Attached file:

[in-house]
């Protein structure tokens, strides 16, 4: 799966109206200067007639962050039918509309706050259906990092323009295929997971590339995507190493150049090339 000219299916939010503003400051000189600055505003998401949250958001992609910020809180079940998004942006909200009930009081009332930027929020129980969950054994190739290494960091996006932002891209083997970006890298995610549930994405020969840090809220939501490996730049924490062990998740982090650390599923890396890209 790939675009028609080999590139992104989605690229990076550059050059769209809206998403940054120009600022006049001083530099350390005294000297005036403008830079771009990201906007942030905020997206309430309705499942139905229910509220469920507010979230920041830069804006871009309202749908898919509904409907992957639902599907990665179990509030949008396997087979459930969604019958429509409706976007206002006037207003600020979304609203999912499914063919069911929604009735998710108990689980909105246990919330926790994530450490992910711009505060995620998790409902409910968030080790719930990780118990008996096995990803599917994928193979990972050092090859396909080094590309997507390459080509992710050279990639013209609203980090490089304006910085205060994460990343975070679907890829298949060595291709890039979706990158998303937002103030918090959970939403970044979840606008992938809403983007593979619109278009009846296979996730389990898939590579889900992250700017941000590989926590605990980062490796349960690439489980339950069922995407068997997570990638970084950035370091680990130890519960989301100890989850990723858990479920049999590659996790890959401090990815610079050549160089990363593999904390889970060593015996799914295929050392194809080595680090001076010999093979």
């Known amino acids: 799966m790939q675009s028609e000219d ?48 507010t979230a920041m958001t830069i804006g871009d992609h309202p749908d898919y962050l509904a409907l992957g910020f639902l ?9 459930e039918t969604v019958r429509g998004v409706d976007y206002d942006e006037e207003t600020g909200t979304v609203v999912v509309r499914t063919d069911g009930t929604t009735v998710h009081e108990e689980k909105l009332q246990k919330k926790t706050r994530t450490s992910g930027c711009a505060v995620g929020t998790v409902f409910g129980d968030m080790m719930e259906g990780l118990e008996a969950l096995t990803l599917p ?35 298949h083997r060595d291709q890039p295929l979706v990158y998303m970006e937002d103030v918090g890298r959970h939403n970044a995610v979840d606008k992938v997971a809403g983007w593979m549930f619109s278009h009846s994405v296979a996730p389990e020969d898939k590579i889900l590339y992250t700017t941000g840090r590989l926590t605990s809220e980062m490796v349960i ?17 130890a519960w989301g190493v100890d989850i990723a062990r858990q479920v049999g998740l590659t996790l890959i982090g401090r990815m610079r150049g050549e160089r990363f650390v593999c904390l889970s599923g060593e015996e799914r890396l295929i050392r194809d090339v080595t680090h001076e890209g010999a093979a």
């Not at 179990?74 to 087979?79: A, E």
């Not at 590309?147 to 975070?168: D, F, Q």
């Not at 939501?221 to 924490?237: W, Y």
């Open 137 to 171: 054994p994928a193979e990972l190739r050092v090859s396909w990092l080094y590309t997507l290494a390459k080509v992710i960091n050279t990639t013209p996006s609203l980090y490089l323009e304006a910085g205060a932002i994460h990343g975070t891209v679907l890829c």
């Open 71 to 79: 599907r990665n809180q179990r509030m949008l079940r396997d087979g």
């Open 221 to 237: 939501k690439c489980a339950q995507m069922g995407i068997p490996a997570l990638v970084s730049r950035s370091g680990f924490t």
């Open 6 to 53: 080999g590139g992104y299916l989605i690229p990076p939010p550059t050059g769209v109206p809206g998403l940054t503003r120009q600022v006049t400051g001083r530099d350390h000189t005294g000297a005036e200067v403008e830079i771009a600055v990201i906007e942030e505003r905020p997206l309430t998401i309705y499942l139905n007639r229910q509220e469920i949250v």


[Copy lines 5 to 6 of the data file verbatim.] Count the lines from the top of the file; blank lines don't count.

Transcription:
């Not at 590309?147 to 975070?168: D, F, Q």
């Not at 939501?221 to 924490?237: W, Y």